As the Oscar approach, contenders are still dominating the specialized business. The new entry is the annual package of Oscar-nominated shorts. The response this year’s release is the best yet.
Finally opening is last May’s starry Cannes opener “Everybody Knows” (Focus), the latest film from Iranian director Asghar Farhadi, who went to Spain for his latest domestic drama starring power duo Javier Bardem and Penelope Cruz. It showed interest in its first two cities as arthouses eagerly anticipate new product as awards titles come to the end of their runs.
2019 Oscar Nominated Short Films (ShortsTV)
$912,000 in 270 theaters; PTA (per theater average): $3,442
Despite an increase of 72 theaters above its previous high last year, the annual compilation of Oscar short film contenders–animation, live action and documentary show in different packages for separate admissions–maintained the same strong per theater average. The gross was over $200,000 better than last year.
Every year this unlikely specialized release pulls more audiences than many of the top limited entries. Notably, major chains like AMC and Regal elevate this Oscar package even though it will see video on demand availability earlier than normal. (They won’t do the same for Netflix’s “Roma.”)
What comes next: These programs usually sustain three strong weekends; these initial grosses suggest room for growth in theaters alongside video on demand right before the awards.
© Teresa Isasi
Everybody Knows (Focus) – Metacritic: 65; Festivals include: Cannes, Toronto 2018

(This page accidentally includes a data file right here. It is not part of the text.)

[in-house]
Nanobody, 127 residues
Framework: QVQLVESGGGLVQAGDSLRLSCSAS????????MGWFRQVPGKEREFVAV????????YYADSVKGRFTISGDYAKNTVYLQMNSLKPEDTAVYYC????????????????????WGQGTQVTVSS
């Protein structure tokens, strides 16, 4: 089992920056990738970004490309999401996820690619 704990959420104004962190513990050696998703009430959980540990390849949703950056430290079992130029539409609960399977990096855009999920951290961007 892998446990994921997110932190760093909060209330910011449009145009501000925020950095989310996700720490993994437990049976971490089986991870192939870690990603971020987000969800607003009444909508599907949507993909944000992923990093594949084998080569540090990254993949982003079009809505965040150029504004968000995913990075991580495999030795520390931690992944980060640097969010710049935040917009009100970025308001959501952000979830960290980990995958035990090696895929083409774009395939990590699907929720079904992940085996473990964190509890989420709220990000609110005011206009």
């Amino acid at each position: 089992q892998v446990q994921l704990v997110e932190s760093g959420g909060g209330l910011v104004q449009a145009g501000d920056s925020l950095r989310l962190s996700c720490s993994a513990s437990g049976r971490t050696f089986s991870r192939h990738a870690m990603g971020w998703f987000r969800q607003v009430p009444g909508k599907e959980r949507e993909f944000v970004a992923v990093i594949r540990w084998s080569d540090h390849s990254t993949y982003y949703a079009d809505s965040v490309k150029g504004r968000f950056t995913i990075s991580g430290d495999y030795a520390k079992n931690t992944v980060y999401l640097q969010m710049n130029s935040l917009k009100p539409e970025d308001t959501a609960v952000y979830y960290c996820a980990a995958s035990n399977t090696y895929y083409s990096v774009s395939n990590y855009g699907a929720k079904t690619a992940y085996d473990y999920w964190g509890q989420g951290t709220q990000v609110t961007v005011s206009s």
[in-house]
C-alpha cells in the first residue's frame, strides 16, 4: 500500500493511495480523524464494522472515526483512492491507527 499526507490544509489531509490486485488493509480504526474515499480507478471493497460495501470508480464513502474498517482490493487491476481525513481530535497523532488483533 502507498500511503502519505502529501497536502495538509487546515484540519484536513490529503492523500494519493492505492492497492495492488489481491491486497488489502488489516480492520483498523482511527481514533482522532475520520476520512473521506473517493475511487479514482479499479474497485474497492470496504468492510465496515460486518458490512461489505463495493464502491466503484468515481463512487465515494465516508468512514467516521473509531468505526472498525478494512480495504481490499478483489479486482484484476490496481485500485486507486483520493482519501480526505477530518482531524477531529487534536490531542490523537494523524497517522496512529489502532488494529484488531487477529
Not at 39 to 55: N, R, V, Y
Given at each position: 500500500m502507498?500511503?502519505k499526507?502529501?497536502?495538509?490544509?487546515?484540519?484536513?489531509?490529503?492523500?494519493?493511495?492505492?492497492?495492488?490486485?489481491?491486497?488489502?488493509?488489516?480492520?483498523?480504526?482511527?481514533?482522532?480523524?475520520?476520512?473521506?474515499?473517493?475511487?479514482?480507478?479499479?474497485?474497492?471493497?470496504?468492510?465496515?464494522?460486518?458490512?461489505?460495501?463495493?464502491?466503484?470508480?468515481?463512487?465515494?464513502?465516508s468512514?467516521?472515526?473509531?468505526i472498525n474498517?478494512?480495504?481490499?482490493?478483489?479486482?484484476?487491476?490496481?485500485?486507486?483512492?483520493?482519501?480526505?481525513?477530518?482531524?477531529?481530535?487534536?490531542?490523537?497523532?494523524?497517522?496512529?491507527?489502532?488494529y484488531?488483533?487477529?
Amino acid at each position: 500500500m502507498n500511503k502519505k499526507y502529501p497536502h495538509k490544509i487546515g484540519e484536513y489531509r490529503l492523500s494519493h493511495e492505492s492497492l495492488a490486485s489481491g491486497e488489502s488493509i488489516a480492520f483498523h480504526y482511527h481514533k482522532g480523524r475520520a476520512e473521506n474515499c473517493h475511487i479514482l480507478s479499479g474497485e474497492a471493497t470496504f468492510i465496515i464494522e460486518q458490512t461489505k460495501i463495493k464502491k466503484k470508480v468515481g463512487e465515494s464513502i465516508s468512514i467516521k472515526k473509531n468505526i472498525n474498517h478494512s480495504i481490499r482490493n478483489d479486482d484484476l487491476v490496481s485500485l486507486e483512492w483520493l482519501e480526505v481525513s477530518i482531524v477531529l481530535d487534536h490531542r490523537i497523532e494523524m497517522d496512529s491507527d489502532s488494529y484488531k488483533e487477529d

$75,000 in 4 theaters; PTA: $18,750; Cumulative: $75,000
Asghar Farahi has won two Foreign Language Oscars for his Iranian films “A Separation” and “A Salesman.” Earning slightly less positive reviews, this rare subtitled release from Focus Features offers a family mystery carried by Cruz and Bardem. They delivered top theaters in New York and Los Angeles, with respectable results continuing a string of better than usual subtitled releases.
What comes next: This will expand to top cities and Spanish-language targeted theaters ahead.
Lords of Chaos (Gunpowder & Sky) – Metacritic: 51; Festivals include: Sundance 2018
$28,086 in 4 theaters; PTA : $7,022
A year after its Sundance debut as a midnight movie, this European English-language film shot in Norway about a punk band debuted in four theaters. Backed by Alamo Drafthouse marketing in four cities, this delivered a decent initial response to a younger audience, which is tough to lure for specialized titles.
What comes next: Home video on demand starts on 2/22
To Dust (Good Deed) – Metacritic: 67; Festivals include: Tribeca 2018